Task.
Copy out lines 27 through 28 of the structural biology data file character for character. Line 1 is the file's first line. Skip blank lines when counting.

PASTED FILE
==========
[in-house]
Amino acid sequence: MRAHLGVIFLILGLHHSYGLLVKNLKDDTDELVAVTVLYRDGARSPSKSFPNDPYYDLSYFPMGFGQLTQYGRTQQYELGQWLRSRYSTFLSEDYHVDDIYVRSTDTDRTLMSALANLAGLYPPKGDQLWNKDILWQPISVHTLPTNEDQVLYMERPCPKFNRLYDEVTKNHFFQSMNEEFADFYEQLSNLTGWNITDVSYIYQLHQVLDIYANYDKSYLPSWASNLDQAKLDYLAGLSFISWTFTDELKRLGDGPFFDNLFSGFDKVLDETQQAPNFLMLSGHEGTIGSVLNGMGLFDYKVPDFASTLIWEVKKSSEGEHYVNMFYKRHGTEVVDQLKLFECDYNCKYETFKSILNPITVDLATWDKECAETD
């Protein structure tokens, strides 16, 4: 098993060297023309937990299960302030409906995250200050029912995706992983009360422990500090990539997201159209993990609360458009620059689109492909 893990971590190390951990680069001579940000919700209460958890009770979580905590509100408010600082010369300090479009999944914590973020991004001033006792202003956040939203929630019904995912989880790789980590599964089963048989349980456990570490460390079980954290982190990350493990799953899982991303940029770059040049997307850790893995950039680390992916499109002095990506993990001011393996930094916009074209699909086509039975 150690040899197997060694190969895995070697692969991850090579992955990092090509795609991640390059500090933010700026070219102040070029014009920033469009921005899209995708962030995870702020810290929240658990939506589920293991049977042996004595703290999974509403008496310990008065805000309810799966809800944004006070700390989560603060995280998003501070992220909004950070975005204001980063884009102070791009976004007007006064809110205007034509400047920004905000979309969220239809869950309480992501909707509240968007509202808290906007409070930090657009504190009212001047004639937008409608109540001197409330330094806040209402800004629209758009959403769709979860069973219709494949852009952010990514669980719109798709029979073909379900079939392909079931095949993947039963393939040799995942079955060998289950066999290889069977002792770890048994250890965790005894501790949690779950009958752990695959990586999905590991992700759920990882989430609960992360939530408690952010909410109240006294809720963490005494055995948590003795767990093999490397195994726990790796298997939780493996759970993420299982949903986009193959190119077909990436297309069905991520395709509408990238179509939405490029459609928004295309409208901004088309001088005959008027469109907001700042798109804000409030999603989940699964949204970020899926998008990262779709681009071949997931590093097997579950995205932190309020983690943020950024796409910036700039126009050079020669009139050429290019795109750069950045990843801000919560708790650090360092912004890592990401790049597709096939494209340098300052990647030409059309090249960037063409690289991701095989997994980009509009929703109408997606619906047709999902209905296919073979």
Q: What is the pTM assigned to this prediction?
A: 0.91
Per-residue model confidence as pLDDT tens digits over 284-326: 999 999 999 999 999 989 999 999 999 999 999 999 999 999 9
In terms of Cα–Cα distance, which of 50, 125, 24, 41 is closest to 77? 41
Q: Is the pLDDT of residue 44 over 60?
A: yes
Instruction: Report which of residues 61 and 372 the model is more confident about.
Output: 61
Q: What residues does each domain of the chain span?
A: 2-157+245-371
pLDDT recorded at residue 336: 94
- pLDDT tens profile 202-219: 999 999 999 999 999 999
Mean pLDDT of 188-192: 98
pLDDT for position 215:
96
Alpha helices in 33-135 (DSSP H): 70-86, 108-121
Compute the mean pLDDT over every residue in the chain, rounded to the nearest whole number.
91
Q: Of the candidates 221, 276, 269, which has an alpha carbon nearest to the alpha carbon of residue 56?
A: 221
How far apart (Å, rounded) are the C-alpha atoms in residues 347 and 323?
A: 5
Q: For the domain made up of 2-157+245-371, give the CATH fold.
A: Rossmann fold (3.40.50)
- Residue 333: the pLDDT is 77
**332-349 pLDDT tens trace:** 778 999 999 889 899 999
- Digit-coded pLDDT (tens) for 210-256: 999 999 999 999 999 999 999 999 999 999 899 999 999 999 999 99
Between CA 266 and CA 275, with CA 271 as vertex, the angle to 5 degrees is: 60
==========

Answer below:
A: Rossmann fold (3.40.50)
- Residue 333: the pLDDT is 77